obstrict (<<schwa>>b-strikt), vb. To coerce. — obstrictiveness,n. — obstrictive,adj.
“The element of coercion or obstrictiveness. The contrast here is between voluntary and obstricted (or coerced) conduct. The coercion need not be actual (objective), but may be merely potential (subjective) by fear of the possible force; as, when the faithful canine, Towser, susceptible to the sight of a feline enemy, is tempted to pursue, but upon his owner’s stern voice and a shake of the stick, Towser turns humbly back and crushes his impulse.” John Henry Wigmore, Problems of Law 7–8 (1920).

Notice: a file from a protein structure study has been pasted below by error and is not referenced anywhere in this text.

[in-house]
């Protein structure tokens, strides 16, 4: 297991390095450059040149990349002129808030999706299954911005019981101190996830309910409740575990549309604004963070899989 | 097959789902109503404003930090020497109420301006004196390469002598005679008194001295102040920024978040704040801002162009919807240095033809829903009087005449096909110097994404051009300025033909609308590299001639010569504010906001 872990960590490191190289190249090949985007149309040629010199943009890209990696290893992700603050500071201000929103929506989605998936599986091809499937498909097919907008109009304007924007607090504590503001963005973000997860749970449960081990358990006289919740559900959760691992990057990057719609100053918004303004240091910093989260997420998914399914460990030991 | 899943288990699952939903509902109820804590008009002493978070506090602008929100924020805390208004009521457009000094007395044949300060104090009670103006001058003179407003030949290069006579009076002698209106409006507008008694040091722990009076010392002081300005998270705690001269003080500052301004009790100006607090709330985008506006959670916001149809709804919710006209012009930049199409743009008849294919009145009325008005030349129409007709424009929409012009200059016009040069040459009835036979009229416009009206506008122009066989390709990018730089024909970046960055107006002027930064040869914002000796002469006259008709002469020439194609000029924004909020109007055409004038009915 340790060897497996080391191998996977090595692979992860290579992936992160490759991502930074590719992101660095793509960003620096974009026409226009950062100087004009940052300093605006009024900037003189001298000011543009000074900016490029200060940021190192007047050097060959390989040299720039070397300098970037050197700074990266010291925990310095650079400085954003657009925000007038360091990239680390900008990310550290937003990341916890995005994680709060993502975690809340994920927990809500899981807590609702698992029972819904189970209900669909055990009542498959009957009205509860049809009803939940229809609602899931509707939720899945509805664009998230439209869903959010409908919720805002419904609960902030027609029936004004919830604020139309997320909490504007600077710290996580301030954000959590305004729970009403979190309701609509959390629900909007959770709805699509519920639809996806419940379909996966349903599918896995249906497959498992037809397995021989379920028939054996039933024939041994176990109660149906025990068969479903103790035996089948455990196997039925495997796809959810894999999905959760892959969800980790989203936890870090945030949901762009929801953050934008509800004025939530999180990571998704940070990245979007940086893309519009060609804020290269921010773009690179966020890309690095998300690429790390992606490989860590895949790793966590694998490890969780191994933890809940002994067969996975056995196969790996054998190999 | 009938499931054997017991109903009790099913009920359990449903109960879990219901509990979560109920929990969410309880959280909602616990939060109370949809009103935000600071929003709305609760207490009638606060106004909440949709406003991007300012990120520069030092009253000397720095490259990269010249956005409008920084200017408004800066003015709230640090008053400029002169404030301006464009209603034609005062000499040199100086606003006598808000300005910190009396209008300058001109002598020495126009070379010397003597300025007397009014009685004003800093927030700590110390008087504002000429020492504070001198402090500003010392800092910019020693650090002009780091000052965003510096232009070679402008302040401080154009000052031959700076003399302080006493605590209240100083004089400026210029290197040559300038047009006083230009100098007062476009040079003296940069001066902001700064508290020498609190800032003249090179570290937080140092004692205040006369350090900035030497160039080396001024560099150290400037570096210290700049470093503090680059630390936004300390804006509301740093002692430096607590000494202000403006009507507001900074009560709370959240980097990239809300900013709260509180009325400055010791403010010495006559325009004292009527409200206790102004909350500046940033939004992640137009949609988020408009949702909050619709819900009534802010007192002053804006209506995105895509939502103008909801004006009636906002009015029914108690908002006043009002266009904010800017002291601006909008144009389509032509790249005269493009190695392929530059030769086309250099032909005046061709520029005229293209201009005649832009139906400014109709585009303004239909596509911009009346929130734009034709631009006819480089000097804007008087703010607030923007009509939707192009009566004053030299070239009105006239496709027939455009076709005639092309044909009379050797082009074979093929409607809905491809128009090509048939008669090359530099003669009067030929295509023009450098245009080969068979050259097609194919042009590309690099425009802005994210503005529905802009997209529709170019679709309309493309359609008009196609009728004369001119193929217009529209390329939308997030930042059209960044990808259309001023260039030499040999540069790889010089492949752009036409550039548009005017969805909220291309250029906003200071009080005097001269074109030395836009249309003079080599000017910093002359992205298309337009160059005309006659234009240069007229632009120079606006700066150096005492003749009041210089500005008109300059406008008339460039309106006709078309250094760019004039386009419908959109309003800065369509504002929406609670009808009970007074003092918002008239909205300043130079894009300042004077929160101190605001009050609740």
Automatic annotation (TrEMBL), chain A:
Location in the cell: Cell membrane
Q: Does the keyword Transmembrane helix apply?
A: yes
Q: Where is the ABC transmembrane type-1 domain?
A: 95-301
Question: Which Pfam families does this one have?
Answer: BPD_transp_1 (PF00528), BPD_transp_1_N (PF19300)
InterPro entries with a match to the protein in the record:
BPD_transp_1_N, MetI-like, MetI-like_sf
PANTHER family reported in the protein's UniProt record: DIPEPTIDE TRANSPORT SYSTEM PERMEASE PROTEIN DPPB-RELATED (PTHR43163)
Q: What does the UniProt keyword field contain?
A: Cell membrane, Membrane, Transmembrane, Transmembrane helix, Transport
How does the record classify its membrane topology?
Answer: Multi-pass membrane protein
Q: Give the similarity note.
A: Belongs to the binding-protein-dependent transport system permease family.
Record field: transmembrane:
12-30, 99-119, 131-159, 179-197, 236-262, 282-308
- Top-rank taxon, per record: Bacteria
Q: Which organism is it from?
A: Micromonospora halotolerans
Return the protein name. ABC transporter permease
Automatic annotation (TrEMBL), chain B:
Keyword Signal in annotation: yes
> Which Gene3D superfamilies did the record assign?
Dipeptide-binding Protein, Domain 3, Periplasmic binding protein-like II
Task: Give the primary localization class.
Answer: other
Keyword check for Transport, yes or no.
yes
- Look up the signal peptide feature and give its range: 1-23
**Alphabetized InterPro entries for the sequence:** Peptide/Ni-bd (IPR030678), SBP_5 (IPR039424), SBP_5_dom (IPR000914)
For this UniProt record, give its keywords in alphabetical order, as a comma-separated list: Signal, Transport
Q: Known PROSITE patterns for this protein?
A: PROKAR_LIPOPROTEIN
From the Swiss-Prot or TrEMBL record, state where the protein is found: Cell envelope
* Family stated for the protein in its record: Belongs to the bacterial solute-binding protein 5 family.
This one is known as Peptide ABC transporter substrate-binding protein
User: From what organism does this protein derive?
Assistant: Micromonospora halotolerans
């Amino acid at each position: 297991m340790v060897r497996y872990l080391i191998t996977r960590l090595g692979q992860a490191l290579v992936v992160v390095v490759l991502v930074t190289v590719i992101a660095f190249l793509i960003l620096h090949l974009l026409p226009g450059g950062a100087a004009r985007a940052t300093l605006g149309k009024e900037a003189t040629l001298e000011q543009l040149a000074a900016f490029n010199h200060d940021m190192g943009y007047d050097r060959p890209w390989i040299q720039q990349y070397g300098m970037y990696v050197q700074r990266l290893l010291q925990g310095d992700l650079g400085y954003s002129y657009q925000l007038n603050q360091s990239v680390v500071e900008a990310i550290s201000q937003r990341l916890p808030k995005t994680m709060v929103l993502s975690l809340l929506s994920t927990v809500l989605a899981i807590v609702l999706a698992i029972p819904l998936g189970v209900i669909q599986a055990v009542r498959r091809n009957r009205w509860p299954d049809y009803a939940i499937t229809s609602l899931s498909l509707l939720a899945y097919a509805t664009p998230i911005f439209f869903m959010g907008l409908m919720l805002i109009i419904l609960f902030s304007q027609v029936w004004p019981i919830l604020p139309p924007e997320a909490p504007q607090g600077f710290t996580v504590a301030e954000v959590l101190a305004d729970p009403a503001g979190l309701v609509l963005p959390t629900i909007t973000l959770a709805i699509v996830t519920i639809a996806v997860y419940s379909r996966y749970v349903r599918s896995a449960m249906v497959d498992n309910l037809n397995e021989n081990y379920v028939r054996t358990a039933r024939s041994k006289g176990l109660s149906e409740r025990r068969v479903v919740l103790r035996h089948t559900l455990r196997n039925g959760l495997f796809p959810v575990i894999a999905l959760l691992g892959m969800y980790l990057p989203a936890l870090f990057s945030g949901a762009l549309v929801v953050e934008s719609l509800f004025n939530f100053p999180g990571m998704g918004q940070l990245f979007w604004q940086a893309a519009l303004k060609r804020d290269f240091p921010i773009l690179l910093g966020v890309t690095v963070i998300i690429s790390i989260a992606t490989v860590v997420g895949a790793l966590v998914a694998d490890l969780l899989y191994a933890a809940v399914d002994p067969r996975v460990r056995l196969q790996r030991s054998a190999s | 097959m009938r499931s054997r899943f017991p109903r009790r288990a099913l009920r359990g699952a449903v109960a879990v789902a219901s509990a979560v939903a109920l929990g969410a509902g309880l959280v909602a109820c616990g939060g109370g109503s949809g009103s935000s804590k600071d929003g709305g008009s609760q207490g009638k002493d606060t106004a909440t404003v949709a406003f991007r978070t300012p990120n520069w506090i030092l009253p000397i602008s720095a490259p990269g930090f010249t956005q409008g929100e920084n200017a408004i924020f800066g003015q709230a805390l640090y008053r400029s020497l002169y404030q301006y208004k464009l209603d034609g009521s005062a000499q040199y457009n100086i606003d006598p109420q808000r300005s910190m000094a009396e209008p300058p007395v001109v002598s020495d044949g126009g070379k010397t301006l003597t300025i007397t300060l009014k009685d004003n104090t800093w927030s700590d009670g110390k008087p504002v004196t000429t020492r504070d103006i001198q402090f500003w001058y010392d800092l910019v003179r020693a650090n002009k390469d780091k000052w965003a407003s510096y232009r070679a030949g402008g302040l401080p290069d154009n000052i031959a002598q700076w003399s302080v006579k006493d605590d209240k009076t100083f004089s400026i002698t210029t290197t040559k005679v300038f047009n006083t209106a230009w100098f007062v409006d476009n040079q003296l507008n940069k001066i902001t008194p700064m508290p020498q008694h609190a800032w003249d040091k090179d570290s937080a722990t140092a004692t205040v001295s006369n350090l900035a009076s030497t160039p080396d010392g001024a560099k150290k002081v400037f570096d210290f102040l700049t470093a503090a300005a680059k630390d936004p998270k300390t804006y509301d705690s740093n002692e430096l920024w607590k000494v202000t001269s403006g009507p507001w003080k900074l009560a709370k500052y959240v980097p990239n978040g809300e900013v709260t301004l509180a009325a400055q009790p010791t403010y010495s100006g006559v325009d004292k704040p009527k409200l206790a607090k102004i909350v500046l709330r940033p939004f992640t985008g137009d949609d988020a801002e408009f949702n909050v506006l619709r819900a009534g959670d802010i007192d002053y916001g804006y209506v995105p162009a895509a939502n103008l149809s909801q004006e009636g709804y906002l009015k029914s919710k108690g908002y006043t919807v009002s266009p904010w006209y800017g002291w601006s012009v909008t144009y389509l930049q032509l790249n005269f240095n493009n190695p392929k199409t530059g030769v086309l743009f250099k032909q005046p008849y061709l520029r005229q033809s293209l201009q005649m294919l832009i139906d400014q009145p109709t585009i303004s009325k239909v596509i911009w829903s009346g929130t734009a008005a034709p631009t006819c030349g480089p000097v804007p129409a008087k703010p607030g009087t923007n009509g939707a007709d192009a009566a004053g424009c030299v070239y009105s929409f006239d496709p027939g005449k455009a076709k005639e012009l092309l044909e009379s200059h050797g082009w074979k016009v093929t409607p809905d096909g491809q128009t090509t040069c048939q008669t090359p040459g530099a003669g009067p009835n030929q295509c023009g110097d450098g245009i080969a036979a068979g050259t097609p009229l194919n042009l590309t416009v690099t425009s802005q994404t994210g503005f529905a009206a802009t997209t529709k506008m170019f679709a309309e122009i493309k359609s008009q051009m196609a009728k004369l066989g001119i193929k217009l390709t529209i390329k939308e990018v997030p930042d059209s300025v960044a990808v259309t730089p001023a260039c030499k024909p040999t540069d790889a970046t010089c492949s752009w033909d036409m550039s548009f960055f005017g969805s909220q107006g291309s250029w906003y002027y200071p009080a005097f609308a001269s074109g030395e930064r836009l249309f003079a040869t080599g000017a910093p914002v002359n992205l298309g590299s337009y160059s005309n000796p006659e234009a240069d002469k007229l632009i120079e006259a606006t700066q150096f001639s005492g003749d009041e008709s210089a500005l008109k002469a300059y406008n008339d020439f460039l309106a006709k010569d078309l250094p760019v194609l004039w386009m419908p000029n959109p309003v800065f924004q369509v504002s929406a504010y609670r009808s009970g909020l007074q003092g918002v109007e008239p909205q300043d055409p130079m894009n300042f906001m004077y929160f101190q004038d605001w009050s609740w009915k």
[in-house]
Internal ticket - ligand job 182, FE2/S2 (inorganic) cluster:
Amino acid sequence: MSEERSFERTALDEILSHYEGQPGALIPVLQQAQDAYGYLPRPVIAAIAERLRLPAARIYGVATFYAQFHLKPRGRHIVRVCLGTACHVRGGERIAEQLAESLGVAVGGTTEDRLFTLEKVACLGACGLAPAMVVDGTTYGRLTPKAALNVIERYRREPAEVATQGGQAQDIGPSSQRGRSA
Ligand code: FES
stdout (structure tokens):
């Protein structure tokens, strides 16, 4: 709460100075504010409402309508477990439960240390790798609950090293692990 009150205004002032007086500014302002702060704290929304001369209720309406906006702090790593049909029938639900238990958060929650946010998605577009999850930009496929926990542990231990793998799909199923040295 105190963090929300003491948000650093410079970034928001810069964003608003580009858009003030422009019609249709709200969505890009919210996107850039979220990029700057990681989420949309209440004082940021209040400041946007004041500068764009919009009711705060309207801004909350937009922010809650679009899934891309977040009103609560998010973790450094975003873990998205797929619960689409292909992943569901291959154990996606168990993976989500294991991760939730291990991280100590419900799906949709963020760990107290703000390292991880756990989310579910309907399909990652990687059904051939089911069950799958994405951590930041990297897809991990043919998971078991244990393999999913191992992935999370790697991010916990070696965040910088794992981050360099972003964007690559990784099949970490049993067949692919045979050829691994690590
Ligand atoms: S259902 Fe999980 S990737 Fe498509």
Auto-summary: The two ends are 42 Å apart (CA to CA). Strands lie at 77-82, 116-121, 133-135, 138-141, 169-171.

[Blacks Law 8th]